2. Ooh – look at all these terrific noirs! Sadly, I missed “Johnny Eager” last night but will have the DVR ready the next time TCM airs it.

    I’m with you re: “Double Indemnity” and “Strangers on a Train”. I could go on forever about Robert Walker’s performance – I think it’s one of the best performances on film.

    Thanks for compiling all these for us and giving us a great overview for each one!

    • Hi, Ruth — I’m sorry you missed Johnny Eager; I know you would have enjoyed it. Glad you share the DI and Strangers love — and I totally agree about Walker’s outstanding performance. Words fail me.

  3. So much film noir awesomeness, so little time to read it all in one gulp!🙂 The DOUBLE INDEMNITY issue of THE DARK PAGES has a particular place in my heart, as that was the first time DP approached me for THE DARK PAGES, and of course, I’ve been reading, enjoying and sometimes writing articles ever since! Looking forward to your noirapalooza!🙂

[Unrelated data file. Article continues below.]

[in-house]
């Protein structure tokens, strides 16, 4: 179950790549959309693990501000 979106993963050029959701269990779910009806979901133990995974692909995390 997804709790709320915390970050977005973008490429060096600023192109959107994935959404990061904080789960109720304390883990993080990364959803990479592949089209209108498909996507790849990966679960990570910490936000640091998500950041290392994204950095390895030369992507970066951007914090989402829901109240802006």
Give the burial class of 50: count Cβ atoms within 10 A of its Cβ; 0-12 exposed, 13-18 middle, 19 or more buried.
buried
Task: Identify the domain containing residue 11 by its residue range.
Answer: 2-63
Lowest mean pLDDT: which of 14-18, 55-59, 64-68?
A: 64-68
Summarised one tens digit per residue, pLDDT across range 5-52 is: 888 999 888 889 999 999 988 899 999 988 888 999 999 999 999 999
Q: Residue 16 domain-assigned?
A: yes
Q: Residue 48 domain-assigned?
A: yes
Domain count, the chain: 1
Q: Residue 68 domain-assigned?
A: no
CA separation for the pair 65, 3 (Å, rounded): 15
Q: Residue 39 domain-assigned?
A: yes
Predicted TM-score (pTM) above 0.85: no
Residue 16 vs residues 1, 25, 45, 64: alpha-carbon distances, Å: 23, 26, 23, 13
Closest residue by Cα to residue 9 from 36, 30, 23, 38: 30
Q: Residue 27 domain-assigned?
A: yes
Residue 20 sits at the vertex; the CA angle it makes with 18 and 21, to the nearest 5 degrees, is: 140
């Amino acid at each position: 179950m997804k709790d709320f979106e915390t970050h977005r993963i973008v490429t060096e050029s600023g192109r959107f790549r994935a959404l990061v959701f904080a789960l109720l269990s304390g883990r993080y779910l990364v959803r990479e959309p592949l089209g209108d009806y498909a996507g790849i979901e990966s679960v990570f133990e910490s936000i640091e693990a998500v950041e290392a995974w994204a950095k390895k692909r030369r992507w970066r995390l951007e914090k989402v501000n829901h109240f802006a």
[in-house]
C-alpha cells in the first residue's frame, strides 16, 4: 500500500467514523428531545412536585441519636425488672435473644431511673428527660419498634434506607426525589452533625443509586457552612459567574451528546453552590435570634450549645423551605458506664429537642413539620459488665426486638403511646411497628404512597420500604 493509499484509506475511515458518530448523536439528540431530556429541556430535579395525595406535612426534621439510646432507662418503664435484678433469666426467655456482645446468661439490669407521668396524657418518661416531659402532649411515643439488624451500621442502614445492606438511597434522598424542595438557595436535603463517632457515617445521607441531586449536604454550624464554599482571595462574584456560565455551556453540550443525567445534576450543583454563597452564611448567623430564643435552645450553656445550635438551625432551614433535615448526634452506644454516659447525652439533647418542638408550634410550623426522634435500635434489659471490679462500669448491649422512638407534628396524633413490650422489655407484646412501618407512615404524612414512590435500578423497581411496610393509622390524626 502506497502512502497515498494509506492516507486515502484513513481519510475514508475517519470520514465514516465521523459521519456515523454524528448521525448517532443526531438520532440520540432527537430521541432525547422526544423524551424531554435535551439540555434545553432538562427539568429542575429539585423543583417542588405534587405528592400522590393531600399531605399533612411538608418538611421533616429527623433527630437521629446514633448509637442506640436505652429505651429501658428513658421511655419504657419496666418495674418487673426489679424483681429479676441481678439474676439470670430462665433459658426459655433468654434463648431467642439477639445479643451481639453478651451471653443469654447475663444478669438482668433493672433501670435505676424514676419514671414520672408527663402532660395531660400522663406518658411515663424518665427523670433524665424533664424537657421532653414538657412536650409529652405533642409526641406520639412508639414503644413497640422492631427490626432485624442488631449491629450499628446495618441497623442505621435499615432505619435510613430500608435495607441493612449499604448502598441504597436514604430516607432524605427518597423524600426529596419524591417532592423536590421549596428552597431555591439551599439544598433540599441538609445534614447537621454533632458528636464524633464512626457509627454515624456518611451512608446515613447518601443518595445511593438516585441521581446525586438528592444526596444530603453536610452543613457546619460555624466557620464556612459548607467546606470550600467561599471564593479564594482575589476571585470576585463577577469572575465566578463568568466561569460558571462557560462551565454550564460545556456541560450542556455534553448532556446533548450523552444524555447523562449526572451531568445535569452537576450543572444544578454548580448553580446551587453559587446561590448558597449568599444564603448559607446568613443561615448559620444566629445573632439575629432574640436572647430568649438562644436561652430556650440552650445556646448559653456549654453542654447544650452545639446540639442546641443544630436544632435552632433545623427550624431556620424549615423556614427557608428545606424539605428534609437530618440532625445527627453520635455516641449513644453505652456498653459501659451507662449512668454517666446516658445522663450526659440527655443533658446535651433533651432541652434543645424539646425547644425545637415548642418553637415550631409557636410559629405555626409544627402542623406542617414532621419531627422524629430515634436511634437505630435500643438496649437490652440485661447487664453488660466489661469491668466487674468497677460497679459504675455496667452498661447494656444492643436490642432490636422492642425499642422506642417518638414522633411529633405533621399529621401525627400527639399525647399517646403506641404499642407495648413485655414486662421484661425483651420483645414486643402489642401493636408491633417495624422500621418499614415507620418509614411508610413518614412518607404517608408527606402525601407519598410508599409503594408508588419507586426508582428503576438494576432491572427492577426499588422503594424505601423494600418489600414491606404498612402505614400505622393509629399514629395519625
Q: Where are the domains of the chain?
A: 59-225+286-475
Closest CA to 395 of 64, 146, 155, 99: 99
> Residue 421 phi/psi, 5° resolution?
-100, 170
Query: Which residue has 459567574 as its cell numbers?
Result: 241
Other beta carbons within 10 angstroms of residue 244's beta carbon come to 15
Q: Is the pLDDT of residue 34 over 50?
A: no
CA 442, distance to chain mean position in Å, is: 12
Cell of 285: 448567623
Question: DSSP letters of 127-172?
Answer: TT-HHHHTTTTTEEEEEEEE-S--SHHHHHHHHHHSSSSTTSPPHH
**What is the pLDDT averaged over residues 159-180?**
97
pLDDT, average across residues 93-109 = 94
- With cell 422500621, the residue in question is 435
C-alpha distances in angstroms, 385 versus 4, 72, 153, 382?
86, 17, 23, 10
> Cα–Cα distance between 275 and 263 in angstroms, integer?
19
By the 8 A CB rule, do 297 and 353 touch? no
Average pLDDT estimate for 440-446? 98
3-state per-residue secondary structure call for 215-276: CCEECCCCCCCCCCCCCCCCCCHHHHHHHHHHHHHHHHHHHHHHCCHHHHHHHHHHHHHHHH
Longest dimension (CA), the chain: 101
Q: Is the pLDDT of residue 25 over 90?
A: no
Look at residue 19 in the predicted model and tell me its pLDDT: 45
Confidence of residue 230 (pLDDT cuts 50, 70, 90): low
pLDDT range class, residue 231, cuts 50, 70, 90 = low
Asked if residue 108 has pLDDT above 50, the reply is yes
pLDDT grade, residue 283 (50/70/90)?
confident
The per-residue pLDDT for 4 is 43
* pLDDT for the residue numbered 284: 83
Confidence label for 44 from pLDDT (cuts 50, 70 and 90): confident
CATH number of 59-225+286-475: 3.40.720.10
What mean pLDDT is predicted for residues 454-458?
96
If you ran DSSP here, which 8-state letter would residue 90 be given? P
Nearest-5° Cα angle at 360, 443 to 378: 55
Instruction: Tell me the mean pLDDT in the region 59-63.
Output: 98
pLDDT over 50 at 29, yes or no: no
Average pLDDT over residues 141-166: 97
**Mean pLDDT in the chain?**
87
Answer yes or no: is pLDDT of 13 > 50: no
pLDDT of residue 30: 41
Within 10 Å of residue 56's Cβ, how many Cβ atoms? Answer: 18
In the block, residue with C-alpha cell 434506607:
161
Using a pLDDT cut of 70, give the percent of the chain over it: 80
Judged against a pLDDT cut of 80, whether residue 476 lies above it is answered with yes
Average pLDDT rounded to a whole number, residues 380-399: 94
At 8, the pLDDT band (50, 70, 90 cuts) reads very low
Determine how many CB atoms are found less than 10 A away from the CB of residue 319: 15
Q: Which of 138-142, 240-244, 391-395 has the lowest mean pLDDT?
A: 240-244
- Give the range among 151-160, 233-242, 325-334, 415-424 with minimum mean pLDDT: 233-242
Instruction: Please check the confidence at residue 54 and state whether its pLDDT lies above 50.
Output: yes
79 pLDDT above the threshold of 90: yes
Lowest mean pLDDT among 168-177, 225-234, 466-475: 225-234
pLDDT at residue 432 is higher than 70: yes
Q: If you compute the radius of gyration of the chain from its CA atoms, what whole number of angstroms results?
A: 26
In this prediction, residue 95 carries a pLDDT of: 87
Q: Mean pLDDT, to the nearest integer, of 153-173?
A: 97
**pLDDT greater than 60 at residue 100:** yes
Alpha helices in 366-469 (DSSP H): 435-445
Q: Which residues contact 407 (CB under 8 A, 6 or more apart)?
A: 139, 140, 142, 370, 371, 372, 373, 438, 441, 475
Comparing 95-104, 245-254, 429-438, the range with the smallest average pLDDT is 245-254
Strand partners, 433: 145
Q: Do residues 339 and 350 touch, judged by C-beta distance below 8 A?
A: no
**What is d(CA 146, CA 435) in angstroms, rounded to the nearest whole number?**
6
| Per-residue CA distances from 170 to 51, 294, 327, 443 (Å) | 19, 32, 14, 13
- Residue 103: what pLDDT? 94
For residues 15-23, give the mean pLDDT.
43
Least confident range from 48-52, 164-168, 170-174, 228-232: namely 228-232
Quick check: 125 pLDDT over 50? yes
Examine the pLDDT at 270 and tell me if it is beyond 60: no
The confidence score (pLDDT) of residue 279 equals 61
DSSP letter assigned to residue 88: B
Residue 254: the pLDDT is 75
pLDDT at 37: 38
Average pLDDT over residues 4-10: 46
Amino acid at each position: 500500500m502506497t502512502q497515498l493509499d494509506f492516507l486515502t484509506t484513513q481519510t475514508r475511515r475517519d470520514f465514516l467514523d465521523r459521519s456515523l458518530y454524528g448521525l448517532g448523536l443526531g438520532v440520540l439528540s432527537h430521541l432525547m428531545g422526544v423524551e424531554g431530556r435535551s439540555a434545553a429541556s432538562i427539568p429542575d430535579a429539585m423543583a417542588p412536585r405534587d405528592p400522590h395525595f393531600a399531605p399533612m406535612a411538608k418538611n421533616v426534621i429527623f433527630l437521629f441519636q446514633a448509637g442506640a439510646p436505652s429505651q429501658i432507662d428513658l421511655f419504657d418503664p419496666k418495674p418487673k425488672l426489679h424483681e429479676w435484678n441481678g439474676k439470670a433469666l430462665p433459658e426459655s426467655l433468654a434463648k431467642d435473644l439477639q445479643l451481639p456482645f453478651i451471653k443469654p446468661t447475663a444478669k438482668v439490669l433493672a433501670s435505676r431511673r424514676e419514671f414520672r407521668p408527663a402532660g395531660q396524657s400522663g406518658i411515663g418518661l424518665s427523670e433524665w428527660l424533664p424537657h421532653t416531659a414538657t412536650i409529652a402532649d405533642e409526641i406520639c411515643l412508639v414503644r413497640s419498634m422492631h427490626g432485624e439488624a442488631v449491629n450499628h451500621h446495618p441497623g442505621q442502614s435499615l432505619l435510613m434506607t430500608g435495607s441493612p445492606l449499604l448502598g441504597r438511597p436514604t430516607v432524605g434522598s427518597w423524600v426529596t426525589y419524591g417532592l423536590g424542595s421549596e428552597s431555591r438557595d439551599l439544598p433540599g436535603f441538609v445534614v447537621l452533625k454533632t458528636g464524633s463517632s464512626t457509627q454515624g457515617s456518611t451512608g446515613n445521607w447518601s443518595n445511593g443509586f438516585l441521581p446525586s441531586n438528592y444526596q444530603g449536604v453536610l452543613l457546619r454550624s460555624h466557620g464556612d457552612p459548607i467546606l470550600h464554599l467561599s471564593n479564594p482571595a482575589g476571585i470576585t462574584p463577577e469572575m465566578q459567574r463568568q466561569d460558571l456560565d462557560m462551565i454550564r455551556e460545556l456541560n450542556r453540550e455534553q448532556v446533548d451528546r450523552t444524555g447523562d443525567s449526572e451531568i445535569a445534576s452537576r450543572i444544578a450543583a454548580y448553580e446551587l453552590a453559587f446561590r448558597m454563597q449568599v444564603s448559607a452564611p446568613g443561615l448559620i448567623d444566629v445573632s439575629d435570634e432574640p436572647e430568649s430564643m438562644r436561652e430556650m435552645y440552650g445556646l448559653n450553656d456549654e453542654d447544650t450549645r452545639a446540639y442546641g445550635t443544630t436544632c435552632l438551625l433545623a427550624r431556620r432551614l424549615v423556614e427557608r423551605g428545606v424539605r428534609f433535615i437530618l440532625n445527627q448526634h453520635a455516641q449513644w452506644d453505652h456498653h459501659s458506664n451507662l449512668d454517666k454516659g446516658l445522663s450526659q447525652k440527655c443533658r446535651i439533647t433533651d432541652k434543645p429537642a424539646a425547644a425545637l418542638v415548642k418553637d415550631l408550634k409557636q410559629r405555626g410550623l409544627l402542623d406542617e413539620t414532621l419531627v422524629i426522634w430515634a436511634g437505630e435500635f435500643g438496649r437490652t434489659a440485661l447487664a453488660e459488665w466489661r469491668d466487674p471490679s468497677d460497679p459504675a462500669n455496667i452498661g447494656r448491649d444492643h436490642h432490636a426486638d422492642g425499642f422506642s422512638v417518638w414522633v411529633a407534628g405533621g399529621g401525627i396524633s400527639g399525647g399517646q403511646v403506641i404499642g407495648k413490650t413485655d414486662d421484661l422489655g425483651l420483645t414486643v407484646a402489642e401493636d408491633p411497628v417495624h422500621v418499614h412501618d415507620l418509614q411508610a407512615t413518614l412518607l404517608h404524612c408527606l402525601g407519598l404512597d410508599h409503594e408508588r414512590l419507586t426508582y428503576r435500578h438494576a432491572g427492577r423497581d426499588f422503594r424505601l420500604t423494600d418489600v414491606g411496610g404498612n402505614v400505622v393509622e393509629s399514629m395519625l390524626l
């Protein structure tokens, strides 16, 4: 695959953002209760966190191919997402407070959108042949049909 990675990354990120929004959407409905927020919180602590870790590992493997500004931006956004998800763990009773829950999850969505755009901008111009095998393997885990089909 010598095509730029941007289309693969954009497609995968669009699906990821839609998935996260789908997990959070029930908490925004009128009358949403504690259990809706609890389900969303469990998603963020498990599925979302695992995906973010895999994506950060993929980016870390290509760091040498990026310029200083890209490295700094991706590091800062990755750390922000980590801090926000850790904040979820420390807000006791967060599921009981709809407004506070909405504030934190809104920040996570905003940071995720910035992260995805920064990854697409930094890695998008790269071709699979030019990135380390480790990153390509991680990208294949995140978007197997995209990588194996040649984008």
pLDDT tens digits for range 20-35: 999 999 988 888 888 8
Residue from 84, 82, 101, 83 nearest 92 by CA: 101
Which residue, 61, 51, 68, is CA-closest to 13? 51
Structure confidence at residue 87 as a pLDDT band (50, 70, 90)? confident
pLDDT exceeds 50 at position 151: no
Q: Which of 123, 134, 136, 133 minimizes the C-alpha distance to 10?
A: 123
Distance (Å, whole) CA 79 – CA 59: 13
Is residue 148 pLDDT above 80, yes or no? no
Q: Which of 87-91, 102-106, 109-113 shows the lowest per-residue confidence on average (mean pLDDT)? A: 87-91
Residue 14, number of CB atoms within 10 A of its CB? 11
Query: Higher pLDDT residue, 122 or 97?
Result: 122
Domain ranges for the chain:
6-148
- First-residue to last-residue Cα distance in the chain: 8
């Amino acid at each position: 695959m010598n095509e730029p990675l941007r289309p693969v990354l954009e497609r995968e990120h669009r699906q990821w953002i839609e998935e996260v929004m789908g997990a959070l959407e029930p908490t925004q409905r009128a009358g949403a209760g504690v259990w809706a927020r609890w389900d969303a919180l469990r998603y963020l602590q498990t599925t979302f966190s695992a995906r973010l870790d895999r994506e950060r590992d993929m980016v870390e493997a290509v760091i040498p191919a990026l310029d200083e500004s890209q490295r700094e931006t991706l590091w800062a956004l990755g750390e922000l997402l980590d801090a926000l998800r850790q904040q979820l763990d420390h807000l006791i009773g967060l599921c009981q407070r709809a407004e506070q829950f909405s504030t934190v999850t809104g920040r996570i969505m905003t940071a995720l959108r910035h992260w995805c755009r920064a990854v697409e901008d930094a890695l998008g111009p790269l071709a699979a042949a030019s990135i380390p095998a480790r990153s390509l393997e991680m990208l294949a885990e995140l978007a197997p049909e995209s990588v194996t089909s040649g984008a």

4. WHOA! This might just be my favorite lineup ever! : )

    This would be the perfect little gathering for anyone being introduced to Film Noir for the first time wouldn’t it?

    While I follow TCM on Twitter, it helps to see everything ahead of time and you’ve given us such a fun synopsis of what’s ahead.

    Have a great weekend!
    Page

    • Hi, Page! You’re right — this month’s line-up would be an ideal primer for the non-noirist! And I sure would envy anyone seeing all these films for the first time. You have a great one, too!

  5. Thanks for highlighting TCM’s great noir line-up! I’m especially enthused to see THE HITCH-HIKER again. Your description of this tense drama is apt–plus it’s great to see William Talman (Hamilton Burger in the PERRY MASON TV series) in a very different role.

    • My pleasure, Rick! I remember the first time I saw William Talman in something other than Perry Mason — I was so surprised! I’ve discovered several excellent performances since then — he was really good!